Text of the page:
Rockford International Airport (RIA) or as it sometimes called Greater Rockford Airport is situated around 68 miles northwest of the City of Chicago and just four miles south of Rockford in Winnebago County on a site of 2,900 acres (1,174ha).

The airport is a general aviation and cargo airport that conducts around 77,558 operations a year (212 a day) and in 2007 played host to 215,000 passengers. The controlling authority for the airport is Greater Rockford Airport Authority which owns, manages and operates as well as funds the airport. RIA has had international status since 2004 and since that time has been in competition with Midway and O'Hare for the passengers in its catchment area (but Rockford does have free car parking).

Rockford has two long runways that are ideal for hosting cargo planes (even the Russian Antonov AN-225 can land). These are 1/19 which measures 8,199ft×150ft (2,499m×46m) and 7/25 10,004ft×150ft (3,049m×46m); both are equipped with a category II/III instrument landing system.

The airport has operations which breakdown into 72% general aviation, 18% scheduled commercial flights, 6% air taxi and 3% military operations. RIA is currently the 224th largest passenger airport in the world but the 19th fastest growing.

Rockford cargo operations

Cargo is a large part of the business at the airport, which has two cargo aprons. The northern cargo apron is used by UPS as their main facility in this region and is next to the passenger terminal. In 2006 the airport added a 70,000ft² package and heavy freight facility and a 550,000ft² sorting facility that receive 22 flights a night. It also lengthened the runway to 10,000ft for larger cargo aircraft.

The southern cargo apron situated between the two runways is used by BAX Global and DHL cargo for their operations. RIA is the 22nd largest air cargo airport in the US and for United Parcel Service hosts their third largest cargo sorting operation.

International terminal enhancements

RIA has a modern two-storey terminal building with three jet bridges for regional jet operations handling aircraft as large as the Boeing 767 (United Airlines runs a service to Denver). The airport is capable of landing and launching any aircraft in the world capable of non-stop flying to Europe, Africa, Asia and South America. The terminal has one international arrival jet bridge which was completed in December 2007 by Larson and Darby Group.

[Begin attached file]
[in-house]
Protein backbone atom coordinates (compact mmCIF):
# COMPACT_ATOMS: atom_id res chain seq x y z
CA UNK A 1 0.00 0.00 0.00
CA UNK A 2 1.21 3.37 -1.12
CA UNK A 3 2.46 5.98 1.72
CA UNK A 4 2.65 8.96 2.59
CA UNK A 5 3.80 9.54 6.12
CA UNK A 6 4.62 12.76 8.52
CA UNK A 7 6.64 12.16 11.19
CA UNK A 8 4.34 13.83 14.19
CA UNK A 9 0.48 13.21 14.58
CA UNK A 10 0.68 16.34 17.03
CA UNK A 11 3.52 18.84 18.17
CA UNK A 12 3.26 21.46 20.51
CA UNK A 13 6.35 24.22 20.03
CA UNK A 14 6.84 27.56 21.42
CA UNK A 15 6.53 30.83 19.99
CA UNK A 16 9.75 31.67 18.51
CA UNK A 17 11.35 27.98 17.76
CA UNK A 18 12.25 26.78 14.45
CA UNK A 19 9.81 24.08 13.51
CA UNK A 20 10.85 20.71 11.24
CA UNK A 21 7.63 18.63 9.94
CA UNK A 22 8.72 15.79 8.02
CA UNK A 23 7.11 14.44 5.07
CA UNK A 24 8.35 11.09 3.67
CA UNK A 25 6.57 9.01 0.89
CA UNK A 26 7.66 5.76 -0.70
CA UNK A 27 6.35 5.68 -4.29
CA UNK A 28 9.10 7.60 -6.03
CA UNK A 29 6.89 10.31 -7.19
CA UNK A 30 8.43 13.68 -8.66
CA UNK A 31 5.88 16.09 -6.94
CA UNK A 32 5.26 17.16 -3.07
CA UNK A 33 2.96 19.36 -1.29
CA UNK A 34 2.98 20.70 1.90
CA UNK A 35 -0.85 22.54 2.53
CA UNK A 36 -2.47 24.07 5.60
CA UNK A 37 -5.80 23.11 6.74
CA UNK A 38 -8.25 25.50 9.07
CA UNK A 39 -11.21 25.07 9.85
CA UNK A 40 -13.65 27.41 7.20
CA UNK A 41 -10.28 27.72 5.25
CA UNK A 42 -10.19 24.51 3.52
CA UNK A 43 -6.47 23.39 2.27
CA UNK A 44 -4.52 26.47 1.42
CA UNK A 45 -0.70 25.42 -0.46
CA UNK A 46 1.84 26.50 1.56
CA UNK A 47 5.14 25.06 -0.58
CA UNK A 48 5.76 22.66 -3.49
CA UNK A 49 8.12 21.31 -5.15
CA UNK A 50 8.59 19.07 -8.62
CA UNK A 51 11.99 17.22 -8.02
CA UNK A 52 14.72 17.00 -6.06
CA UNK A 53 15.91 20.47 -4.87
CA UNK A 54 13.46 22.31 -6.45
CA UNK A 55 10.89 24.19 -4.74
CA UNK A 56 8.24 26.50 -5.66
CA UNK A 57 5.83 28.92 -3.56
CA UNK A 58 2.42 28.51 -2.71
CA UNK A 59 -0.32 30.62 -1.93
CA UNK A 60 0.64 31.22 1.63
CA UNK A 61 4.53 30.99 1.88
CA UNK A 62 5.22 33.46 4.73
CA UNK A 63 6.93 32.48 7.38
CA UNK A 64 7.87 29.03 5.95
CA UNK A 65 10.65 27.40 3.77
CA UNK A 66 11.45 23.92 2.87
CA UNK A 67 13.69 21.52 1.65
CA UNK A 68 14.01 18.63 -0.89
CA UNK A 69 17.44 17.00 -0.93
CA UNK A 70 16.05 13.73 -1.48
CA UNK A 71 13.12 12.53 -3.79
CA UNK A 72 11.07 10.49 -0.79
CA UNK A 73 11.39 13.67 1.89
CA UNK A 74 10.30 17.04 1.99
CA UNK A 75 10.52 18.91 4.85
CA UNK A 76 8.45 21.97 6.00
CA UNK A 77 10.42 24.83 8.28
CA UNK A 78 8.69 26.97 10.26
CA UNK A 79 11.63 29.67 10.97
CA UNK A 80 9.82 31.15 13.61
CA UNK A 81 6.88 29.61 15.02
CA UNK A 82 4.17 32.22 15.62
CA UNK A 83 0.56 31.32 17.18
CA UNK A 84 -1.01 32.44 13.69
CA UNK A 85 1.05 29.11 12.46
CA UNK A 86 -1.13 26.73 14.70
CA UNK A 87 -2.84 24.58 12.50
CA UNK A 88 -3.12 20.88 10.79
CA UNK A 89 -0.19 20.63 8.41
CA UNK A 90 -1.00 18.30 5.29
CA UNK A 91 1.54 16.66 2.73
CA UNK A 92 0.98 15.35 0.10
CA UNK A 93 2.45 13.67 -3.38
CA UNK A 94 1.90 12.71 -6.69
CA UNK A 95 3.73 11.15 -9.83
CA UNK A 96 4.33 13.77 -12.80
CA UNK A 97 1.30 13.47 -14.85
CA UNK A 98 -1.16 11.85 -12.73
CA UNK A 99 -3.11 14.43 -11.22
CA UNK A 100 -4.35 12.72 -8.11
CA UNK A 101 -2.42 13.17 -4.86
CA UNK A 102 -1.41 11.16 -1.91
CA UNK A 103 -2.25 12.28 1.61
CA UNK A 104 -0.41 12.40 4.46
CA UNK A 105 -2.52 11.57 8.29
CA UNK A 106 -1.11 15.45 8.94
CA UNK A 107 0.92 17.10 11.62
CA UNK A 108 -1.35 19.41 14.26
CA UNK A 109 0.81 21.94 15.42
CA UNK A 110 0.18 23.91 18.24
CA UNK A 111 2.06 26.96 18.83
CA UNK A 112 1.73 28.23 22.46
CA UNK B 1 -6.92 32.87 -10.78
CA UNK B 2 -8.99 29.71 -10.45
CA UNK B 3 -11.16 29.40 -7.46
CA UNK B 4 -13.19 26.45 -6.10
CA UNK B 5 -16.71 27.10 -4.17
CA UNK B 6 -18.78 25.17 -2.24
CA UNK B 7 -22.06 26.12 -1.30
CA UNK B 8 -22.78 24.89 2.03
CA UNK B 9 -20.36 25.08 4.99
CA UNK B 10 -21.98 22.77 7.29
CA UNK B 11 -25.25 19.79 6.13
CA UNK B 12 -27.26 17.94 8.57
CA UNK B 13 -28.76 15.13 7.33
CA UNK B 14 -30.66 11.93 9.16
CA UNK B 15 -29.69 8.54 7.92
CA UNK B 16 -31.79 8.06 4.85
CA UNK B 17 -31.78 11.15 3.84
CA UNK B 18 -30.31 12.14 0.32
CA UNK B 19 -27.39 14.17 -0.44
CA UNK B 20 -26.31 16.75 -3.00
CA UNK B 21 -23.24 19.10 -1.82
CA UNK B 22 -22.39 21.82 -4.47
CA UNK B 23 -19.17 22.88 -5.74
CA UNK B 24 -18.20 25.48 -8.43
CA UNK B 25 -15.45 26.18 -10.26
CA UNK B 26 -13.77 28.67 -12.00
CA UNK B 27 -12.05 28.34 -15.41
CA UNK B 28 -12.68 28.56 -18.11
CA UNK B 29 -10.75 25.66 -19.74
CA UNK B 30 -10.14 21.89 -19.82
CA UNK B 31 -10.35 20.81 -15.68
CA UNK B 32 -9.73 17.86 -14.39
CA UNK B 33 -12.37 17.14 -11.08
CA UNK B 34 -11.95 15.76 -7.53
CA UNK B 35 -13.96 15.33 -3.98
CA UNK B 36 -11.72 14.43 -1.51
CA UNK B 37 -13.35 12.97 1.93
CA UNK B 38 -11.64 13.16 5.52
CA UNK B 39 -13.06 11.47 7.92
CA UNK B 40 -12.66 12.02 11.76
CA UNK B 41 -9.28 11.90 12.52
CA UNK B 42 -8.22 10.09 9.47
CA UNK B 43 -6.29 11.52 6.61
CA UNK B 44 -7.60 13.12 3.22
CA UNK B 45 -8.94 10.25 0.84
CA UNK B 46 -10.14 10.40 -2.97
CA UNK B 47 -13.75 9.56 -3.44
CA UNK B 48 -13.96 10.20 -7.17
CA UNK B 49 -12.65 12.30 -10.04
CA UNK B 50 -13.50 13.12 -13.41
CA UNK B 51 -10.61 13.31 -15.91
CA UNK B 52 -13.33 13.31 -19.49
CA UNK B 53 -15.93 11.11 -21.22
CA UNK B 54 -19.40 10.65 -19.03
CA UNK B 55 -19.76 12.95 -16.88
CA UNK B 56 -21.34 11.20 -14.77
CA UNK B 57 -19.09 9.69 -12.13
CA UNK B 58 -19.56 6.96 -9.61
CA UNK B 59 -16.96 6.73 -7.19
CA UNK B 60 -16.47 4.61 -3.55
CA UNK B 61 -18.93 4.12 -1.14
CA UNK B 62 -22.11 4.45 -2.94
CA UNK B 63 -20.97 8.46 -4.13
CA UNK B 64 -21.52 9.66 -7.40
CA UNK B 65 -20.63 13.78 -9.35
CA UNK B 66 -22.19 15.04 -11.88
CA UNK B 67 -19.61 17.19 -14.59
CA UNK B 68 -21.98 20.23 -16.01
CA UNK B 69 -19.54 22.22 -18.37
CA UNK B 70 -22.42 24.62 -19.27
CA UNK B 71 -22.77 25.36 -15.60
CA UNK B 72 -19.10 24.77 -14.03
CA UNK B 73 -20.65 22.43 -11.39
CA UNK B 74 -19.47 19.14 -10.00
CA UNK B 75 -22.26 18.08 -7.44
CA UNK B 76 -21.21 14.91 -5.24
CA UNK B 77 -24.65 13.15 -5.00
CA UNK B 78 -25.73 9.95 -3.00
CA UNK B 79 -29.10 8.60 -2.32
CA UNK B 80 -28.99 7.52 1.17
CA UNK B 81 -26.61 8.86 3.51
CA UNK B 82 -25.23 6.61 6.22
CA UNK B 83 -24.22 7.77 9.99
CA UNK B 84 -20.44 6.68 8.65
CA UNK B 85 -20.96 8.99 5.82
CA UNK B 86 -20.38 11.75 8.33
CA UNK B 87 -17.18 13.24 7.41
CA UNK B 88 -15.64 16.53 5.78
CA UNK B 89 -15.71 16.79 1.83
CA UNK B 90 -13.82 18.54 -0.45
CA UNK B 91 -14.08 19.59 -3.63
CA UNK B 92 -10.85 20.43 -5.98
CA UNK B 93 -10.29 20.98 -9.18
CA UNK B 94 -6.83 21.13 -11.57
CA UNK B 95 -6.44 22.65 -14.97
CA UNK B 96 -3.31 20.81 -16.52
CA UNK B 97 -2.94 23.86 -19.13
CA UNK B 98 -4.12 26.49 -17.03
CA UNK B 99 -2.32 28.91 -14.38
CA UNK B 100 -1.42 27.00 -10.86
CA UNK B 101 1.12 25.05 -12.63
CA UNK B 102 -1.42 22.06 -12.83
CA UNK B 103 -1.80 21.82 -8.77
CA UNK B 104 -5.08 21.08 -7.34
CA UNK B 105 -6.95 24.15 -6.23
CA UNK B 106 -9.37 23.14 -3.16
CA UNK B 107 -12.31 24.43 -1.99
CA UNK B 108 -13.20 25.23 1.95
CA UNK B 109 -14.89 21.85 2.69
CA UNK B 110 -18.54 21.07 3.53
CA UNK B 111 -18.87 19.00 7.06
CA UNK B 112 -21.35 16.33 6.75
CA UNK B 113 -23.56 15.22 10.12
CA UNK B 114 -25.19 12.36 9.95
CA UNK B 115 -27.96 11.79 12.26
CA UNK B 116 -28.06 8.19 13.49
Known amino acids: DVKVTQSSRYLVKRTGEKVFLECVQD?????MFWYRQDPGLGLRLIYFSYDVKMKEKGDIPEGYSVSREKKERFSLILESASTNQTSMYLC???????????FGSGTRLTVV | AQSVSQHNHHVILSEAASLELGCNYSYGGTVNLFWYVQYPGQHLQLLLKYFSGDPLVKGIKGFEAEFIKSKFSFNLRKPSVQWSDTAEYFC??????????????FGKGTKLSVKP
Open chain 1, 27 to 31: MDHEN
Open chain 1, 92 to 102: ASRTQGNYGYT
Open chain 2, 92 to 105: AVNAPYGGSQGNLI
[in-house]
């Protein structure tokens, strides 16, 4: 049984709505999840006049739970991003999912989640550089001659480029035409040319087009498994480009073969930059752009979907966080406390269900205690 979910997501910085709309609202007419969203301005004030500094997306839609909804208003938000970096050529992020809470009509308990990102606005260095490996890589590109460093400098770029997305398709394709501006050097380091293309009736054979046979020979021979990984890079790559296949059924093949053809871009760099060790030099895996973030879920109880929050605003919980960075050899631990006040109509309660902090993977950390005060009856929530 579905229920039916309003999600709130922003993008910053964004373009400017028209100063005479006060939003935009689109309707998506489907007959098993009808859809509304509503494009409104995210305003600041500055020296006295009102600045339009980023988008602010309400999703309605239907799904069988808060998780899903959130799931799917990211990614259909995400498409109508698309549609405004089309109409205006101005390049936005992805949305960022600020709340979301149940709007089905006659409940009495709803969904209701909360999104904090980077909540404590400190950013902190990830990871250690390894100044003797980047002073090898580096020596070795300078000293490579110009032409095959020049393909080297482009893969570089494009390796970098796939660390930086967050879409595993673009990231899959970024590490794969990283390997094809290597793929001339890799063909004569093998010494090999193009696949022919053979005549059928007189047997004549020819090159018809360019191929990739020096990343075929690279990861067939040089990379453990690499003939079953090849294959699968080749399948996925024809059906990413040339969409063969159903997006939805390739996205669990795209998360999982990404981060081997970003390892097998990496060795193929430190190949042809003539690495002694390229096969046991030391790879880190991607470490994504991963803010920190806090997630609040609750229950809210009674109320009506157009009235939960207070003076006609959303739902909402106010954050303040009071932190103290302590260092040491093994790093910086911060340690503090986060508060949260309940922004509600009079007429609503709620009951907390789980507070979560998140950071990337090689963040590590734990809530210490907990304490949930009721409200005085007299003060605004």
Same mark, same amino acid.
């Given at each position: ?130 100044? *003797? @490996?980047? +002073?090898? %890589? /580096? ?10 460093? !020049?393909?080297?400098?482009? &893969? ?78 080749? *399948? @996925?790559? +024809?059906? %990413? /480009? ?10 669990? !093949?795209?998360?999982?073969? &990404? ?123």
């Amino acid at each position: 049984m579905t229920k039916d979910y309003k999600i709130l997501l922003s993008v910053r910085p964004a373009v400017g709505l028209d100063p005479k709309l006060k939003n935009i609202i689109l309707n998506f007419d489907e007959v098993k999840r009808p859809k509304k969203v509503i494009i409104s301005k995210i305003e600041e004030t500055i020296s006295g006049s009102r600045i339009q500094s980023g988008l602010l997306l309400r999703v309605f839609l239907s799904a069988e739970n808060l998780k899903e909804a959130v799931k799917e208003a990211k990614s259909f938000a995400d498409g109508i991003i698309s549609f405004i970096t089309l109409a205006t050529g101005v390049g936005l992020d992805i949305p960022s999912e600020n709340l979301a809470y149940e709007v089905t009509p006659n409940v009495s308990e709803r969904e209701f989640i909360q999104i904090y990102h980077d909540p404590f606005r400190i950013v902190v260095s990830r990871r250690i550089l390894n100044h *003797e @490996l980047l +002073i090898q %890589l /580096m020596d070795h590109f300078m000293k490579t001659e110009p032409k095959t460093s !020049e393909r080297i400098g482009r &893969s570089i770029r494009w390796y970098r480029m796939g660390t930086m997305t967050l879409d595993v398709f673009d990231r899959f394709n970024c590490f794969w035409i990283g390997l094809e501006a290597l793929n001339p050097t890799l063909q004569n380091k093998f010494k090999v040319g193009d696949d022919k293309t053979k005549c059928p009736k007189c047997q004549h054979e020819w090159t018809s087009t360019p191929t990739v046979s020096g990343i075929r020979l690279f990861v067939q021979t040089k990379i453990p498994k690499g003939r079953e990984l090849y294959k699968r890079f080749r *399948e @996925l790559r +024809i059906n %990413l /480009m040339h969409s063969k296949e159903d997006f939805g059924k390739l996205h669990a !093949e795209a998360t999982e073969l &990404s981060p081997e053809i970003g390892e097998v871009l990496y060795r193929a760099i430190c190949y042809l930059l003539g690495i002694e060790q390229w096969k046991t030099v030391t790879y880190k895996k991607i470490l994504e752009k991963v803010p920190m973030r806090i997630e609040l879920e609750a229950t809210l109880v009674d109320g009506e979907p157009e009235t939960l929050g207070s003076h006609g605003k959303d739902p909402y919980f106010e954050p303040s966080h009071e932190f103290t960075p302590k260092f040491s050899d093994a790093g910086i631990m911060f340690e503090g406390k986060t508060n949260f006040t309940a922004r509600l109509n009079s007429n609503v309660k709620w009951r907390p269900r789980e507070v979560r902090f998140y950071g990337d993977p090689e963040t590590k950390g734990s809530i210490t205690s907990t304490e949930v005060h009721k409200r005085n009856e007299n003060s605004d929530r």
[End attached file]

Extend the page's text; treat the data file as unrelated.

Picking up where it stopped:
Between 2005 and 2007 a number of small enhancements were made at the airport terminal to bring it to the standard required to handle larger passenger volumes. These projects, which cost $183m (bond for the finance was paid off in January 2007) included: parking expansion to 1,750 spaces (addition of 460), beltline road expansion, hangar development, snow-removal equipment building, addition of international arrival gate and jet bridge, and a new fire station.

The terminal building itself received expanded arrivals and departures areas, two new passenger loading bridges, two new escalators, new baggage carousel (obtained in 2005 from Ottawa International Airport), new viewing area and a new customer information area.

“Rockford International Airport is capable of landing and launching any aircraft in the world.”

Tandem project

Work began in August 2008 on an international cargo centre and business expansion at Rockford International.

The central building will be a 72,000ft² structure with runway access which is expected to be taken up by a major airfreight company looking for a cheaper way to export goods into the US Midwest (20 truck docks with 16ft×20ft size). The build out for the new project could eventually be up to 500,000ft² over 30 acres and will form an important part of the airport's foreign trade zone (FTZ).

The project is being developed by Tandem Development Group and is expected to, when completed, bring $100m into the local economy. The initial investment for the project will be $20m although the airport itself will pay for the ramp area and other plane handling infrastructure for which it will raise a bond of $8m. The decision was taken early on not to build one large building but smaller units with access in between for planes and vehicles.